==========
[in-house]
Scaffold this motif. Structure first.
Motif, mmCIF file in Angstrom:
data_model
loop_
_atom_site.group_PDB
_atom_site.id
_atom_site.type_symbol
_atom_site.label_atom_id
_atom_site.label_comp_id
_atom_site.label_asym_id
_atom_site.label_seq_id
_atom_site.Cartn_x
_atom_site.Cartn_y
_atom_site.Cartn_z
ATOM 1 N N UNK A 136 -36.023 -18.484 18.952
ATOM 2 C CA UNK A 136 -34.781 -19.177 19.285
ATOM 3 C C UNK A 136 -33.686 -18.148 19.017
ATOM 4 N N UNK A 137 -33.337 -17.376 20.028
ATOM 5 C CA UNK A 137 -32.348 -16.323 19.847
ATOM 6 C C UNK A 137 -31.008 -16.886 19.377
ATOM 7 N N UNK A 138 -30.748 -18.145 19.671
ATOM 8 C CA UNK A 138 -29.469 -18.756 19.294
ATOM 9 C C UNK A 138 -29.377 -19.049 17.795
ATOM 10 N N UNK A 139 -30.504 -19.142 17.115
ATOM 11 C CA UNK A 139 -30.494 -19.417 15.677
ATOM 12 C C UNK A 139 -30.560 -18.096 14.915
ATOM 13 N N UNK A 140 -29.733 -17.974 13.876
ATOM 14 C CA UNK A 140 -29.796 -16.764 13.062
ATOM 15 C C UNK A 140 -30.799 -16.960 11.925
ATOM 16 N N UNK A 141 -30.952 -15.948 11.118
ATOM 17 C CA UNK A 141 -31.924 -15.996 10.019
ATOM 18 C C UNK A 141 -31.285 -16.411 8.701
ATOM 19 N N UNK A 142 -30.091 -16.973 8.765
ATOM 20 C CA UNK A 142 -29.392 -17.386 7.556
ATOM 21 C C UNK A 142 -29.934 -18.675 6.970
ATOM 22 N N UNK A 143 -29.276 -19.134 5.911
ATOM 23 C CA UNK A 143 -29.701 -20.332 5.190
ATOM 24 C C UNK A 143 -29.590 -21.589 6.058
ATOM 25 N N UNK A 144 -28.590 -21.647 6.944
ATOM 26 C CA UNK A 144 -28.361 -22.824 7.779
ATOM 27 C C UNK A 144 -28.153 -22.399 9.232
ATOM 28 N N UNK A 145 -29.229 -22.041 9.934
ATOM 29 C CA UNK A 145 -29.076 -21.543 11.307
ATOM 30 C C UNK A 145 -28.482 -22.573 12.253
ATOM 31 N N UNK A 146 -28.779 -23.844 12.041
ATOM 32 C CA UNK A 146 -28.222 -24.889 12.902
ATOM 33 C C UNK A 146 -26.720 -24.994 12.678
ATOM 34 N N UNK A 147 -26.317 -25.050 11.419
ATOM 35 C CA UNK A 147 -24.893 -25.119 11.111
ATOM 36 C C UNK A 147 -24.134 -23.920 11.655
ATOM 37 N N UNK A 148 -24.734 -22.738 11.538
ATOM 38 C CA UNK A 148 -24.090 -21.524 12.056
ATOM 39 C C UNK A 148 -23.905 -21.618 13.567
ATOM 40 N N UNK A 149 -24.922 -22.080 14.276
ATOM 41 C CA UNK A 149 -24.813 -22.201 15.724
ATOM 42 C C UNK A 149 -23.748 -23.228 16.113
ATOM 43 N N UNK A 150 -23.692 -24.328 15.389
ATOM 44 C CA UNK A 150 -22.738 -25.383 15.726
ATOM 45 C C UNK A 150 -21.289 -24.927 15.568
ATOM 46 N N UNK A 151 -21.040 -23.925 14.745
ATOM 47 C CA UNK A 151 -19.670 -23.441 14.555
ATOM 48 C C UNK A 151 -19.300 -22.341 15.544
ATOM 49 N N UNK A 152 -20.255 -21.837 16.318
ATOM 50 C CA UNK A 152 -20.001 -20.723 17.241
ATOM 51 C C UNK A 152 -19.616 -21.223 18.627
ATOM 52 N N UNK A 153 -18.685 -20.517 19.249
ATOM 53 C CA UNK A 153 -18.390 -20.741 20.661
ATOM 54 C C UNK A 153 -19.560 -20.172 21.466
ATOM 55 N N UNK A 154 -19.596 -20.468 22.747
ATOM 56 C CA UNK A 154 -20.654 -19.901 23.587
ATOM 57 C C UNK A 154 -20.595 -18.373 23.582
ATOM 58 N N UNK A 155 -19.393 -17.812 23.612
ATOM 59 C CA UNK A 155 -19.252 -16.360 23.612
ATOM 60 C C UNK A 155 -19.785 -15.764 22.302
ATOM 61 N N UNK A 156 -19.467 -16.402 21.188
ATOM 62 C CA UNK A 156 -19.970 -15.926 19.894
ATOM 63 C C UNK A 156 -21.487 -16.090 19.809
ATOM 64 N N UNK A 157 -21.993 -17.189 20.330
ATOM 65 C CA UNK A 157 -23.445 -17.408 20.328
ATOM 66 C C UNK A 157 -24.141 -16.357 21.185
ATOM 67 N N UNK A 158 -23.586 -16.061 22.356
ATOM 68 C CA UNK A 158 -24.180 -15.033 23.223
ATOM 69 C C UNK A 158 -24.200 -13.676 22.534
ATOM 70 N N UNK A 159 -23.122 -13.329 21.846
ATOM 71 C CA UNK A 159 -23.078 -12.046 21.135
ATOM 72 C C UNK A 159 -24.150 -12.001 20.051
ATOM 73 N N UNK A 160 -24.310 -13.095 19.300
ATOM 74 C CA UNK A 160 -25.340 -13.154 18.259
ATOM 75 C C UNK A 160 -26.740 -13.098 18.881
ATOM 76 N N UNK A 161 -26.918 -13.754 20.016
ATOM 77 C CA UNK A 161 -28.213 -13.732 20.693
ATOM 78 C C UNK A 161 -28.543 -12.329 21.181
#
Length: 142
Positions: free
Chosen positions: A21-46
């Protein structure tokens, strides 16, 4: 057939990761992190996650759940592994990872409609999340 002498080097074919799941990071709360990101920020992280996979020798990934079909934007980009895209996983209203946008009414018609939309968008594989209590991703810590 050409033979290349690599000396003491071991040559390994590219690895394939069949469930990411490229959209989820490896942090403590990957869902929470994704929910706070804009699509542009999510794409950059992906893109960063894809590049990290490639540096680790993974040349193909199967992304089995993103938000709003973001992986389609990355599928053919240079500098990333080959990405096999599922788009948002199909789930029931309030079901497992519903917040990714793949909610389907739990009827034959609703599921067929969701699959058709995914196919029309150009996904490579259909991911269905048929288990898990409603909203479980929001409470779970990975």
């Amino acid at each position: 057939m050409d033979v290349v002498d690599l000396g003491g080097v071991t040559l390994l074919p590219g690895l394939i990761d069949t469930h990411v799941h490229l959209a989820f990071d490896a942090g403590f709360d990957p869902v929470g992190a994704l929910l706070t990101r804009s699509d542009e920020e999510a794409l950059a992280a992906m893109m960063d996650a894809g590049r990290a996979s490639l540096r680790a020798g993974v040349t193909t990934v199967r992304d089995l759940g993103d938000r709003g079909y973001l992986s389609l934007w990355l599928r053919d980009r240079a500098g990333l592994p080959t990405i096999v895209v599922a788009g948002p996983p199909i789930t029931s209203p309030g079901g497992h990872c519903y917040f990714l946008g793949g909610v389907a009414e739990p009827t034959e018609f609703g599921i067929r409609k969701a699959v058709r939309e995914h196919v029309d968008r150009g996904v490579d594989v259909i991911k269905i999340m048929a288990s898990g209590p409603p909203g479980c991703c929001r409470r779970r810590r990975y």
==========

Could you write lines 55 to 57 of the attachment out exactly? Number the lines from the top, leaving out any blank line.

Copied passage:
ATOM 40 N N UNK A 149 -24.922 -22.080 14.276
ATOM 41 C CA UNK A 149 -24.813 -22.201 15.724
ATOM 42 C C UNK A 149 -23.748 -23.228 16.113